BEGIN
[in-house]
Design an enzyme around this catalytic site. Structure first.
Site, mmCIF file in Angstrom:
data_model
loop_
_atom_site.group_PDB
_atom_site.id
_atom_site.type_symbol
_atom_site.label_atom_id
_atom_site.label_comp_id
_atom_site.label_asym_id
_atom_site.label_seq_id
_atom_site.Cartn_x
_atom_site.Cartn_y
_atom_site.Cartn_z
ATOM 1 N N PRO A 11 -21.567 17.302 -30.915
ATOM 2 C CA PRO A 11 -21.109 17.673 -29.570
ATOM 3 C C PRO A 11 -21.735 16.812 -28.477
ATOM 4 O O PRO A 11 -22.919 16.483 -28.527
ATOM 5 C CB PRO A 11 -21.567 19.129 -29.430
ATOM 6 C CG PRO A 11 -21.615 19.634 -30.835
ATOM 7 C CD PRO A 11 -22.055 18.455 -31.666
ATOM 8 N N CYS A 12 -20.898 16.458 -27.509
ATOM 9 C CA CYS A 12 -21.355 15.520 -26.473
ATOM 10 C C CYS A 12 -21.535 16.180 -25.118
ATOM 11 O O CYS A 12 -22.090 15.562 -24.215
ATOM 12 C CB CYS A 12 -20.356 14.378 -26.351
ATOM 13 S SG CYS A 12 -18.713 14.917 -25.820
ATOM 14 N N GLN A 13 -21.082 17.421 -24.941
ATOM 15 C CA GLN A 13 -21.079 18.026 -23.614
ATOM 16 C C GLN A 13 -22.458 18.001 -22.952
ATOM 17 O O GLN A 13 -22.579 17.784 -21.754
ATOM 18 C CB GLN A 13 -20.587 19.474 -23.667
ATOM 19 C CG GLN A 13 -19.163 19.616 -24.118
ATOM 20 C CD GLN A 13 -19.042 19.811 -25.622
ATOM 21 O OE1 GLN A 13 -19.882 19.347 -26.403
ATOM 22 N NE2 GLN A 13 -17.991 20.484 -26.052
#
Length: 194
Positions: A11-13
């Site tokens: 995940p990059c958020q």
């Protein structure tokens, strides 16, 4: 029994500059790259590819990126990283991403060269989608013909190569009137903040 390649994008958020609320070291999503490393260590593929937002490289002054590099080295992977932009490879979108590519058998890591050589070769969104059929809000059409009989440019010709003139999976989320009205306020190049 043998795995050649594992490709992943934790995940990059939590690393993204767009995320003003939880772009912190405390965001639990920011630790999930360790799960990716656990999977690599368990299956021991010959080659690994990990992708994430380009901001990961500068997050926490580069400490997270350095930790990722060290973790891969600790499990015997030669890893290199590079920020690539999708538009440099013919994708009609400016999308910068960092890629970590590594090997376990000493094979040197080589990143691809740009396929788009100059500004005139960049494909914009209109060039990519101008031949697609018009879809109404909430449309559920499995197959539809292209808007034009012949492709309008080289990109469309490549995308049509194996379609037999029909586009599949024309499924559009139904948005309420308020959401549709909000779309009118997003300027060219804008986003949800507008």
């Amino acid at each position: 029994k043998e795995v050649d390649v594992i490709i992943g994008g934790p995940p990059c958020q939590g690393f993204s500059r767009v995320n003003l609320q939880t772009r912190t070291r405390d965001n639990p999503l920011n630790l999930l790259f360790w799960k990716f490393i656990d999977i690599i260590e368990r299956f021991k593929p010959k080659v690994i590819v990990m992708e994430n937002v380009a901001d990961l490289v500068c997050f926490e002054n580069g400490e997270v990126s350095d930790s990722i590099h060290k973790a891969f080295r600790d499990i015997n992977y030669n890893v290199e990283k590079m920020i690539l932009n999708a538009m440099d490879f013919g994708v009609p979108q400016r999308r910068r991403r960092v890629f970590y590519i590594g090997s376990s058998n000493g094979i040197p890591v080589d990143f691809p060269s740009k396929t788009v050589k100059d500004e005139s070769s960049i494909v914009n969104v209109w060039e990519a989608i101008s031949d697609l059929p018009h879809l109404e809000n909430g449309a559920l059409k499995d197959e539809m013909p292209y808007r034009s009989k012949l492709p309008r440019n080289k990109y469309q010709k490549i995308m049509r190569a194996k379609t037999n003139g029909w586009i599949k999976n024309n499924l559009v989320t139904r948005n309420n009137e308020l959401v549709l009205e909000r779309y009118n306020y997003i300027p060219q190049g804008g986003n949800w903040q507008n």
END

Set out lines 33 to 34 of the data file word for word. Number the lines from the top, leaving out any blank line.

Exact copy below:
ATOM 18 C CB GLN A 13 -20.587 19.474 -23.667
ATOM 19 C CG GLN A 13 -19.163 19.616 -24.118